Bioterror readiness plans available as a template

As hospitals and other health care organizations scramble to review and improve their emergency preparedness plans, many are seeking a template that can be used to create a terrorism response plan. There aren’t a great many of those available, but risk managers may want to look at a few they might find helpful.

  • The Association for Professionals in Infection Control and Epidemiology (APIC), in cooperation with the Centers for Disease Control and Prevention (CDC), offers a tool that it says can serve as a reference document and initial template to facilitate preparation of bioterrorism readiness plans for individual institutions. APIC is offering the plan for free.

The Bioterrorism Readiness Plan: A Template for Healthcare Facilities outlines the steps necessary for responding to the biological agents most likely to be employed in any future biological attack: smallpox, botulism toxin, anthrax, and plague. The plan provides information on the unique characteristics, specific recommendations, management, and follow-up appropriate for each of these biological agents. It covers the description, etiology, and mode of transmission of each agent and the necessary isolation precautions, patient management, and post-discharge planning associated with each. The document also provides details regarding post-exposure management, prophylaxis, and decontamination consistent with each pathogen; laboratory support and diagnosis; and protocols for the cleaning, disinfection, and sterilization of equipment and environment.

The plan outlines patient/visitor/public health precautions, and contains some discussion of the psychological and mental health aspects of a bioterrorist event. It also has appendices covering health care worker exposure fact sheets; relevant web sites for bioterrorism readiness; and other necessary information for infection control professionals to have in the event of a bioterrorist attack.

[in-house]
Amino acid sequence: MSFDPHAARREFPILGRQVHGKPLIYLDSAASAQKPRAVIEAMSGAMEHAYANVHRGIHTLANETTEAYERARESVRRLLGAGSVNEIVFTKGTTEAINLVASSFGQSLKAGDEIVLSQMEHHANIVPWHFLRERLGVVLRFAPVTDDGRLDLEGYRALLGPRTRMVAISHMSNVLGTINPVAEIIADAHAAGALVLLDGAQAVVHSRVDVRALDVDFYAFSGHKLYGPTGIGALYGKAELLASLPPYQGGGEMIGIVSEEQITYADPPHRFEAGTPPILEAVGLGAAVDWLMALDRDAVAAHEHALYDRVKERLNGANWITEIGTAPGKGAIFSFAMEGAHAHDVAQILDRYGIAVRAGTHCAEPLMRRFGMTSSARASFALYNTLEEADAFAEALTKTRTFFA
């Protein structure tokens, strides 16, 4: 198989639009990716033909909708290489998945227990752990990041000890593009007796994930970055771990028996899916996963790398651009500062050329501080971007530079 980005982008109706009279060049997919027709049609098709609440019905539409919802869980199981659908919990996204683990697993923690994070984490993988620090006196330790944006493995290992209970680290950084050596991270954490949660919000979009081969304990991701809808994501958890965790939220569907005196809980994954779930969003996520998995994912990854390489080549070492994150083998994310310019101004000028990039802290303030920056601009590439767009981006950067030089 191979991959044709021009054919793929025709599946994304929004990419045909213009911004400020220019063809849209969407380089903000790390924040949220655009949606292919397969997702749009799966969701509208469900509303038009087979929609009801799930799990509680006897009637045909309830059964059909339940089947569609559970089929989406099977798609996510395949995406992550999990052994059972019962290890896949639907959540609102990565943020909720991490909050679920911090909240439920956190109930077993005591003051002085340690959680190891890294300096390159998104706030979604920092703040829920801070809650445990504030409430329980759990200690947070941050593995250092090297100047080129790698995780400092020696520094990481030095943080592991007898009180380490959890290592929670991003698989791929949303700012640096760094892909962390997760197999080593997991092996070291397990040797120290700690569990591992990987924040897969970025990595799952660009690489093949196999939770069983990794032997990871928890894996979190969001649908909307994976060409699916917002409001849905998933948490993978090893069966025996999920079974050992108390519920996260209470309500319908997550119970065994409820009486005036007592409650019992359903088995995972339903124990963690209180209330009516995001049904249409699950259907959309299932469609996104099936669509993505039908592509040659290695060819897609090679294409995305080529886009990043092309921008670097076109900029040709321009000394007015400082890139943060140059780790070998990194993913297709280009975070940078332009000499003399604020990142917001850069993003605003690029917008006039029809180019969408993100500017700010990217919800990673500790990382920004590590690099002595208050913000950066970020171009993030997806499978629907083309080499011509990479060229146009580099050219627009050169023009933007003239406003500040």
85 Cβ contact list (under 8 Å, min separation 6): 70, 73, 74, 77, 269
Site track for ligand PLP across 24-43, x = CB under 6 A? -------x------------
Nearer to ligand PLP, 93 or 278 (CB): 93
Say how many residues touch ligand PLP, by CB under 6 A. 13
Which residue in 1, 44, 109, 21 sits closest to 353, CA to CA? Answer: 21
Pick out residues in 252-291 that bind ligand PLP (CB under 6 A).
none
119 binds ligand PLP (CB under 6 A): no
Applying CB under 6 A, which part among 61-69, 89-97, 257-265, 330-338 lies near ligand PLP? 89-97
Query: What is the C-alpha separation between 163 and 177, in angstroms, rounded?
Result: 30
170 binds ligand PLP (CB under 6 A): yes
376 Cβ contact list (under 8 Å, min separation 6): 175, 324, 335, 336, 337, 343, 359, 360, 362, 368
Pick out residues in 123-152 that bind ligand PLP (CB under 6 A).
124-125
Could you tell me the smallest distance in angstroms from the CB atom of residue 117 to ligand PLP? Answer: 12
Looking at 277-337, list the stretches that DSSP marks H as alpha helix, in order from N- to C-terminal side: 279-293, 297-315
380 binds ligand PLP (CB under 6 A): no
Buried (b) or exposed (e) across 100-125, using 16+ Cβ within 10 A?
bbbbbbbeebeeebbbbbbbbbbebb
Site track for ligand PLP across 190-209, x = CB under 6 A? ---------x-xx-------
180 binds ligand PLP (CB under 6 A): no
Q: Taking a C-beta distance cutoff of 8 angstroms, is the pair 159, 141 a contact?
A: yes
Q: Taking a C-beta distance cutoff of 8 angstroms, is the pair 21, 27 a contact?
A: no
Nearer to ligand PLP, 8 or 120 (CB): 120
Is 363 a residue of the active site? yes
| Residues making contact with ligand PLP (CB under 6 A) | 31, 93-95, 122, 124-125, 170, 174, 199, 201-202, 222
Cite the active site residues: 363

APIC says the format of the Bioterrorism Readiness Plan is easily adapted to suit the individual needs of institutions. "With the mounting concerns regarding threats of bioterrorism throughout the country, the timely appearance of this accessible device is meant to allow infection control professionals and health care epidemiologists in all health care facilities to prepare appropriate plans utilizing established networks to satisfy needs of unique situations," APIC wrote.

There is no charge for the downloaded version of this plan at www.apic.org/bioterror. For print and disk copies, the charge for APIC members is $10, or $18 for nonmembers to cover the shipping costs. Contact APIC at 1275 K St. N.W., Suite 1000, Washington, DC 20005-4006. Telephone: (202) 780-1890.

  • When beefing up your emergency preparedness plan, consider incorporating a biological threats checklist like the one used at Alta Bates Summit Medical Center in Berkeley, CA. The checklist, prepared by emergency preparedness consultant Cameron Bruce, CSP, PE, in Orinda, CA, is part of the hospital’s overall emergency preparedness plan. Bruce suggests that risk managers incorporate a similar checklist, modifying the Alta Bates checklist to suit your own needs. (See "Treatment of Biological Agent Exposure," below.)
  • Another source for physician education regarding terrorist attacks is an on-line presentation of lectures presented at New York University Medical Center. They are now available free on the World Medical Leaders web site at www.wml.com. In these lectures, New York University Medical Center faculty discussed hands-on experiences and emergency preparedness for potential biological and chemical attacks in the wake of the World Trade Center disaster. The presenters stressed how essential it is for physicians to be up-to-date on key diagnostic factors, treatments, and reporting procedures. They reviewed chemical and biological agents most likely to be used in an attack. In addition, the presenters discussed what to expect in the psychological and social arenas following a terrorist attack. Speakers included Robert S. Hoffman, MD, medical director of the New York Poison Control Center, as well as leading experts on infectious diseases and psychiatry.